The Southwest Wildlife Conservation Center (SWCC) is sort of like The Island of Misfit Toys from Rudolph – they provide home, sanctuary and love for creatures that don’t quite fit anyplace else and that have no place else to go. They provide a place that is the next best thing to being able to live wild and free in the animal’s natural habitat when that, for whatever reason, is no longer an option.
The SWCC recently saved the life of an alpha female Mexican Gray Wolf, F1188, from New Mexico. The U.S. Fish and Wildlife Service had signed “an order to shoot the wolf, which was accused of killing too many cows, but rescinded the order…after SWCC stepped in. This is the first time since 2007 that the agency planned to kill a wolf because of predatory attacks on wildlife.” (The rancher who lost the cattle has been compensated).
The wolf was undoubtedly preying on these cows to help feed her family of four puppies. The puppies will remain with the pack, “as they will be cared for by their father” according to Linda Searles, Founder and Executive Director of SWCC. U.S. Fish and Wildlife agreed to allow SWCC to “provide permanent sanctuary” to the wolf, according to a press release by Patrick Impiccini.
The last “official count” shows that only 58 Mexican Gray Wolves remain in the wild, “making them one of the most endangered mammals in North America.” According to Impiccini, “SWCC is the only wildlife facility in Arizona capable of handling large mammals such as wolves, and serves as a holding facility for the USFWS’s Mexican Gray Wolf Recovery Program.”
“We’re happy we could find a solution to this situation, other than killing the animal, because there are so few of these wolves left,” says Searles. “We will continue to work with Fish and Wildlife through the Mexican Gray Wolf Recovery Program to maintain the species, which is an important part of our ecosystem and our Western heritage.”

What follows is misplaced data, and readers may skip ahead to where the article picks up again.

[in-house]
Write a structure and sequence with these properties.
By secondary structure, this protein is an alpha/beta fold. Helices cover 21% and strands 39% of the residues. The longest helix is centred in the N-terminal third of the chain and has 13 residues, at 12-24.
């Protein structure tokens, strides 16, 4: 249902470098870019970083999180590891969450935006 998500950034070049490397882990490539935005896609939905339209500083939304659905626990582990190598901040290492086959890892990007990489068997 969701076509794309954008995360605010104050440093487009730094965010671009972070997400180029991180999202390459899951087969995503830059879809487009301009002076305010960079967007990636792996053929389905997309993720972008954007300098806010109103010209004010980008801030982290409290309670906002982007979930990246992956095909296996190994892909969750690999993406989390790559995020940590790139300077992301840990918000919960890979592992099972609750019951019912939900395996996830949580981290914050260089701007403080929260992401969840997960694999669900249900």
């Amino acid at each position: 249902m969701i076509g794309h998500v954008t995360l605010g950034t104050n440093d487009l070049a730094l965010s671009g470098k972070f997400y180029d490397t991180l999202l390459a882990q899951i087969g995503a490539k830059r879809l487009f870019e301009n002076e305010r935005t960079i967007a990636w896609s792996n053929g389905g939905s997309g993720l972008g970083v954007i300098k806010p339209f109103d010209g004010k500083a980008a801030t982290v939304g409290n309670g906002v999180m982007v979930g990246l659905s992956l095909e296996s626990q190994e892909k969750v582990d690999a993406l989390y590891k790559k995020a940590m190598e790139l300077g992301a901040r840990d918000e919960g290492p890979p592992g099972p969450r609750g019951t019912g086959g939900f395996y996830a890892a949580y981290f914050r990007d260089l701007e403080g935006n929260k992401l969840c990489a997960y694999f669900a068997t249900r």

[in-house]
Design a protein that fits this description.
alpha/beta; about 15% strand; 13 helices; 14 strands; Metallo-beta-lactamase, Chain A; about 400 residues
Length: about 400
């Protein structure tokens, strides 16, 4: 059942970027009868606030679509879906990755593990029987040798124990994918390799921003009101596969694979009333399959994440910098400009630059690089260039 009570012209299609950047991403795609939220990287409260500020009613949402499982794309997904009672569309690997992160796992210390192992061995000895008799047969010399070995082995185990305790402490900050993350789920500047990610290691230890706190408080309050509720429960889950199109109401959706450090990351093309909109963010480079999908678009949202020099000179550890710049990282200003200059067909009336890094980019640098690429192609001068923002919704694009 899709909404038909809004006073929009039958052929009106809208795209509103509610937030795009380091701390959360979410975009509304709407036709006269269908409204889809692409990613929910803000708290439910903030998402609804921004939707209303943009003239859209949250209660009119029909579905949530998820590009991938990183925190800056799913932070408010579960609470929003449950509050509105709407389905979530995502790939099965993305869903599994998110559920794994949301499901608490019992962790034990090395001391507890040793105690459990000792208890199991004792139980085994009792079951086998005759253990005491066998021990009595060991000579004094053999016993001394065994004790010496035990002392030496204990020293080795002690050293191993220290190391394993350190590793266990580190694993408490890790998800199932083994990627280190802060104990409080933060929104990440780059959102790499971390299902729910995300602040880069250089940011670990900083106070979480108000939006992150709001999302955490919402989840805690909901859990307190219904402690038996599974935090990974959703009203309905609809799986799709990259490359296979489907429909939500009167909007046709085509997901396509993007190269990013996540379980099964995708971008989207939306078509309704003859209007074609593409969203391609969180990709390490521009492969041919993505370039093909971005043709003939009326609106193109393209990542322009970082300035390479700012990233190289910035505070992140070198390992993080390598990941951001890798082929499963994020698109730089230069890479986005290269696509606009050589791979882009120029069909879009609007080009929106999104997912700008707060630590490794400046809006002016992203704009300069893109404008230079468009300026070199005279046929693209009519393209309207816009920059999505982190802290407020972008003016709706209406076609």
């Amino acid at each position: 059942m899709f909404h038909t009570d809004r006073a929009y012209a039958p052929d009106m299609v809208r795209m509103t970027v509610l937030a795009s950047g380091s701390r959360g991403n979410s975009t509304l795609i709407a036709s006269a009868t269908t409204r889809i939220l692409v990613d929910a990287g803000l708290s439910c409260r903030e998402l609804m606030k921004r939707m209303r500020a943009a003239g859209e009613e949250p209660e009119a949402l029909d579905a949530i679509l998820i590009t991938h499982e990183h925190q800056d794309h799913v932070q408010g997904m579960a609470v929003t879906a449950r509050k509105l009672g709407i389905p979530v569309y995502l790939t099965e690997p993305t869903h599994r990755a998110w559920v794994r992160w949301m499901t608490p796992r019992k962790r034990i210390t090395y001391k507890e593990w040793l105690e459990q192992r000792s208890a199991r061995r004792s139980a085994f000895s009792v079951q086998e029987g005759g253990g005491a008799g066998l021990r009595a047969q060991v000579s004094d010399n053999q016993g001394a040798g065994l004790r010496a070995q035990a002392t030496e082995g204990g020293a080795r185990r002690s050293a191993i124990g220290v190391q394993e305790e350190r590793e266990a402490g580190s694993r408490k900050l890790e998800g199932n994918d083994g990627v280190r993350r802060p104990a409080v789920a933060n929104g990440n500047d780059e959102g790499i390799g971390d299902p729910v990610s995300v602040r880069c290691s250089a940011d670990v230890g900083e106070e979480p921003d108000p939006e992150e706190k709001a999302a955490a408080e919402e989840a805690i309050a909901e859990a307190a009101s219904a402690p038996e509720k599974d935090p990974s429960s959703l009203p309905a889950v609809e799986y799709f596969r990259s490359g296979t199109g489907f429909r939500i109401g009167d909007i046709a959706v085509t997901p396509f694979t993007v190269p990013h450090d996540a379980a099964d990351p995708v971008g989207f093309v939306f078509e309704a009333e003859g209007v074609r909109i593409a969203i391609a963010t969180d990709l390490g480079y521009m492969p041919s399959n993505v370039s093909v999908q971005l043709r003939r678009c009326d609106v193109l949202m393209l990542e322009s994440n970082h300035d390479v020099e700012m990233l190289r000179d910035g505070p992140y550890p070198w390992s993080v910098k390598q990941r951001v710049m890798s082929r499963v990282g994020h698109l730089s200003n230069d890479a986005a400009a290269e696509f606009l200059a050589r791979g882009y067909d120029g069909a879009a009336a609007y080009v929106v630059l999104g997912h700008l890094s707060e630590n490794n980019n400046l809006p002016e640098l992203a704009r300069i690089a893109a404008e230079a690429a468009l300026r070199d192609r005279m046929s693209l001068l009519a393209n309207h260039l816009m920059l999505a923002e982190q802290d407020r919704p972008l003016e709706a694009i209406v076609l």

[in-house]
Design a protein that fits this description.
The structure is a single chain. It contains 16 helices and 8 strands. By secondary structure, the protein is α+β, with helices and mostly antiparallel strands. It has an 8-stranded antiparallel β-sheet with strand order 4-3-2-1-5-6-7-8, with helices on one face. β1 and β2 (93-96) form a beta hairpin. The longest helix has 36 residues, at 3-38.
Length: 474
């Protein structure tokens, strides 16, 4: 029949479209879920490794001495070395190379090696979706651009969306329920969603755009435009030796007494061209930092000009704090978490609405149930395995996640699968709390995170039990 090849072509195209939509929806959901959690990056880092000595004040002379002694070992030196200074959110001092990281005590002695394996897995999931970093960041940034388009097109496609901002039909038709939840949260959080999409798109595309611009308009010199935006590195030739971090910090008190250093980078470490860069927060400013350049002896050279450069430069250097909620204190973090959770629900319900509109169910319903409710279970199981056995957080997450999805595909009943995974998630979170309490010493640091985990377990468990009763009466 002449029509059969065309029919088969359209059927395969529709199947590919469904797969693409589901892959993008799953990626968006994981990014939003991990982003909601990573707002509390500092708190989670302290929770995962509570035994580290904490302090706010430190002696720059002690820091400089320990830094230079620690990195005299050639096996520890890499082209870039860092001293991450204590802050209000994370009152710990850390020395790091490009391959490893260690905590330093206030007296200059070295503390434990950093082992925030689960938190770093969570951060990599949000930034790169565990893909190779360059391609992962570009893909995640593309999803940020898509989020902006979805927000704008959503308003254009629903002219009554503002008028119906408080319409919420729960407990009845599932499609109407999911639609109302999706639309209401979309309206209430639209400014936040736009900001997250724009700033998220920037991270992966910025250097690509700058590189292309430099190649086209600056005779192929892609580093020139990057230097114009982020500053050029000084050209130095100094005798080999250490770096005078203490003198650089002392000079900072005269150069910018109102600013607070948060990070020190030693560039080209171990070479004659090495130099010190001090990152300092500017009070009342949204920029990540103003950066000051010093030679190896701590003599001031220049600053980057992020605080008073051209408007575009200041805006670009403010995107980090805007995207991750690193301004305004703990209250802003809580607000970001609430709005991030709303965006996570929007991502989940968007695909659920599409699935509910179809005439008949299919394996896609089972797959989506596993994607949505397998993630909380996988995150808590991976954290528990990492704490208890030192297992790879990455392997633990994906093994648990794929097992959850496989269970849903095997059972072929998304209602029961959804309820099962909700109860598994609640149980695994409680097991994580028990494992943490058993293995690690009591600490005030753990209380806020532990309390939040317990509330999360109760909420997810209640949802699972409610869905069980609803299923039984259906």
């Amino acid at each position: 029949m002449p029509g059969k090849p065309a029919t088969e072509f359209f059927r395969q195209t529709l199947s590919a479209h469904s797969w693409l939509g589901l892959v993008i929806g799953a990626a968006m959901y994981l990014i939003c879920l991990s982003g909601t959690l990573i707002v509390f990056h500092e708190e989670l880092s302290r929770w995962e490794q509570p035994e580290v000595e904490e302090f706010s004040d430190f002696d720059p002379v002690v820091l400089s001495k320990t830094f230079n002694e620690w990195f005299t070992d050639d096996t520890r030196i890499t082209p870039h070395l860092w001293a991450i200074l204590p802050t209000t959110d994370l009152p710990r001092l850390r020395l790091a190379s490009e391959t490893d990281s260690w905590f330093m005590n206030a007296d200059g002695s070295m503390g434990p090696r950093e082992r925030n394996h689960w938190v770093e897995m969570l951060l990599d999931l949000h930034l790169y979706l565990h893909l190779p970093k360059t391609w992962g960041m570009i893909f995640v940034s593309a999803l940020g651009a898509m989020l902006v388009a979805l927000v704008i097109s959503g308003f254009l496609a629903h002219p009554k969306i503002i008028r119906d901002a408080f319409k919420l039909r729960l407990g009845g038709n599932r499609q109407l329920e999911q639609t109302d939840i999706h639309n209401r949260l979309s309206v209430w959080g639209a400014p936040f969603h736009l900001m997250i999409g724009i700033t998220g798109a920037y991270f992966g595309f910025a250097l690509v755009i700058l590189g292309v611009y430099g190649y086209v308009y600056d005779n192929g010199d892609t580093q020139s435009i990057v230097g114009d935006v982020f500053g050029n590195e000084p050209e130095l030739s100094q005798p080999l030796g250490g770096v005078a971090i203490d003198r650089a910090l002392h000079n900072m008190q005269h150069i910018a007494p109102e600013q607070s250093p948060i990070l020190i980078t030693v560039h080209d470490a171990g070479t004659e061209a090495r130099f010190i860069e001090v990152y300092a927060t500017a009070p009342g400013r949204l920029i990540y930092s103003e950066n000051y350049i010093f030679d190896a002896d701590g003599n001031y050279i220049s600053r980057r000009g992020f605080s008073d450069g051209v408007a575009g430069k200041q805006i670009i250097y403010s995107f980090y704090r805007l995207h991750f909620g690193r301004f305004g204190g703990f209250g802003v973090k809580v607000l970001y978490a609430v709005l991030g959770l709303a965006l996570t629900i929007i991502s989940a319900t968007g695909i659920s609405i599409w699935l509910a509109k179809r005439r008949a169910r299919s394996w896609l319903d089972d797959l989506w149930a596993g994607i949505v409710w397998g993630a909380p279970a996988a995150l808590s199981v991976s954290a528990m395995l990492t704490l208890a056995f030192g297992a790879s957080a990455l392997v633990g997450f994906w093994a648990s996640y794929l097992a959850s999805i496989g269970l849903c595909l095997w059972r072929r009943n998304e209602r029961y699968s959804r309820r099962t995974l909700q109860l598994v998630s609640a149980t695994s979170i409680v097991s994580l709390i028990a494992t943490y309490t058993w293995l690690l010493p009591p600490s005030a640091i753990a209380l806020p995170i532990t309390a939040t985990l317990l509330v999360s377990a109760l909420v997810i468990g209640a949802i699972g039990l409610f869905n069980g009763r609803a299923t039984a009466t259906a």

According to Patrick Impiccini, the Nina Mason Pulliam Foundation will provide funds to construct an enclosure for the female wolf, but SWCC founder Linda Searles noted that SWCC needs donations to help it care for the animal. Like other wildlife at the sanctuary, the wolf will help educate children and other visitors to SWCC about the role different mammals play in our ecosystem and the importance of preserving endangered species.
In addition to saving this wolf from being destroyed, last summer, they rescued a leopard named Leonardo who was being kept at a “deplorable roadside zoo … where he was living in a small, filthy cage with little shelter and no privacy. When we first saw Leonardo he was near death, suffering from malnutrition and pneumonia.”
Although Leonardo has gained weight and bonded with his keepers at his new home at the SWCC, he has suffered some recent medical issues from being declawed as a cub. “The declawing procedure mangled his paws, leaving him unable to climb and jump to high places like leopards should. Recently, Leo started limping and we noticed drainage coming from a rear paw. Veterinarians examined Leo’s foot, took x-rays, and determined that it has become necrotic and infected. The declawing he suffered through as a cub has now led to the need for a surgical procedure.”
More recently, the sanctuary rescued a mule deer fawn that was brought to a fire station on the west side of Tucson. The fawn would have otherwise been euthanized. The person who brought the fawn in assumed she had been abandoned or orphaned because she was alone, which is a common misconception. Wild animals often leave their babies alone to hunt for food, and often the mother is nearby, but they do not hover over their babies the way we often suppose they would. Additionally, the Arizona Fish & Game website notes that
“*Because deer and elk can transmit chronic wasting disease, they should almost never be brought in from the wild.
“*If you have taken a young deer or elk from the wild, immediately take it back to exactly where you found it. Do NOT release it in a different location; its mother will not find it.”
The SWCC receives many, many baby birds and mammals each year that almost certainly were not really abandoned or orphaned. The SWCC also rescues and rehabilitates local injured wildlife, and their release rate is about 70%, so most of the animals they care for are able to be released to the wild. Others, such as the Mexican gray wolf and Leonardo, are not able to be released for a variety of reasons, and these animals are used in programs to educate children and visitors to the SWCC about the role of wildlife in our world.
To visit the SWCC, you will need to schedule a tour http://southwestwildlife.org/tours-scheduleTour.htm by calling the Education Department at 480-471-3621. To support the work of the SWCC, you can also make donations online http://southwestwildlife.org/donate-general.htm